ABOUT

Kayu was inspired by the founder Jamie’s childhood memories – the batik kaftans her mother used to wear, the rattan chairs in their home and the vibrant textures and colors of South East Asia. Their products are handmade using indigenous techniques that have been passed down through generations. They work with cooperatives and artisans, many of whom learned to weave and sew from their mothers. Each of their bags takes many days to make and each bears the mark of the individual artist. They work with cooperatives and artisans and pay them a fair, living wage. They are committed to ensuring they have a safe, comfortable and clean working environment. They use locally-sourced and eco-friendly materials including natural straw, sustainably sourced shell and recycled wood. The brand is run on an all woman team which is why they are so passionate about ensuring that every woman has the right to develop to her fullest potential and earn a living wage. Their bags are made by women and mothers, and weaving allows them to work from home, look after their children and also provides them with a source of income.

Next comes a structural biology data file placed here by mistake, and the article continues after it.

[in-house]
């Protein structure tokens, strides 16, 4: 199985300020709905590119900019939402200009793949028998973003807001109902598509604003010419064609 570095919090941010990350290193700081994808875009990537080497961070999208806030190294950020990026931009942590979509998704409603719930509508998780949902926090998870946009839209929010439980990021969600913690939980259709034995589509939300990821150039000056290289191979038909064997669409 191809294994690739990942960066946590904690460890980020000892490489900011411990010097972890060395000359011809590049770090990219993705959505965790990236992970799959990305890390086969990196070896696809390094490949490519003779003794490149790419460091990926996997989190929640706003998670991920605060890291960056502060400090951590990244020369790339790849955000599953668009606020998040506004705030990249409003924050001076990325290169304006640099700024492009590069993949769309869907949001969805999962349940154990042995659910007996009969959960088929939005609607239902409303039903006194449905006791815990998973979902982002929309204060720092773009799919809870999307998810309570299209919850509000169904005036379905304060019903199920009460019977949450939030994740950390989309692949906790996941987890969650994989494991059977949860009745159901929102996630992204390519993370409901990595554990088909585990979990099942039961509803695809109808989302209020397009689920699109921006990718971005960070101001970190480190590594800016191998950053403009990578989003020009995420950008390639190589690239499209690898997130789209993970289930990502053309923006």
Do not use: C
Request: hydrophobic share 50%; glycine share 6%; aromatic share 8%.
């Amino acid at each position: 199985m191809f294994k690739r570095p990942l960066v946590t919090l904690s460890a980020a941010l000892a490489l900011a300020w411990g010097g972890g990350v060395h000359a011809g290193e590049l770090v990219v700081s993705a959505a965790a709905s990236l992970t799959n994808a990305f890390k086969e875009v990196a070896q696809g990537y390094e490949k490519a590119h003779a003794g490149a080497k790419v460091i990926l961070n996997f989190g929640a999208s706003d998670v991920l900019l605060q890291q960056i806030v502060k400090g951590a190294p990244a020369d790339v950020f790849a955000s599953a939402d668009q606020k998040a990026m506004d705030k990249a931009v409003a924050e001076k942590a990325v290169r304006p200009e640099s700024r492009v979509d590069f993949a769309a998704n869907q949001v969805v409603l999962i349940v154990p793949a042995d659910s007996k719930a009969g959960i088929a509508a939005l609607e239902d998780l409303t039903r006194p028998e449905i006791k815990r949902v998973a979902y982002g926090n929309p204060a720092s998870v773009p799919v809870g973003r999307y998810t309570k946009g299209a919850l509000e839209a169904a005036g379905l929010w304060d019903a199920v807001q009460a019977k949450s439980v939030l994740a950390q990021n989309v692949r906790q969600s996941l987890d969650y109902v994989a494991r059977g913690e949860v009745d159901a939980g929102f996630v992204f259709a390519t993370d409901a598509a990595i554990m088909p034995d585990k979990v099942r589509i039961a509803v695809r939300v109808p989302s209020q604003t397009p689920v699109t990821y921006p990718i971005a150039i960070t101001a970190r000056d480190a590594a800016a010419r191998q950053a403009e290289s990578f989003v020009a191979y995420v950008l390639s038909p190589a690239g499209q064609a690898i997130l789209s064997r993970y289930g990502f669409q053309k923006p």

MADE IN PHILIPPINES, MALAYSIA, INDONESIA & US

BASED IN US AND SHIPPING: INTERNATIONAL

SUSTAINABILITY LABELS

NATURAL FIBERS

They use natural straw that has been harvested, stripped and dyed by hand. They mainly work with seagrass a fast growing grass traditionally known as a weed. They use natural shell that has been farmed and are not endangered. Often these shells are by-products of the food industry.

DYES

They use AZO free dyes for their lining fabrics.

ETHICAL

They work with women cooperatives and artisans in Philippines, Indonesia, Malaysia and pay them a fair, living wage. They are committed to ensuring they have a safe, comfortable and clean working environment. Their bags are made by women and mothers, and weaving allows them to work from home, look after their children. Their monogramming is performed by new immigrants in the San Francisco Bay Area.

RECYCLED

They don’t use any new, green wood and instead work with engineered, plywood which is a by-product of the furniture industry.

SOCIAL IMPACT

They work with new immigrants who do not speak English and as a result have difficulty finding jobs. Unfortunately this means that they are often underpaid and abused. Their initiative provides these women with practical training and an alternative source of income.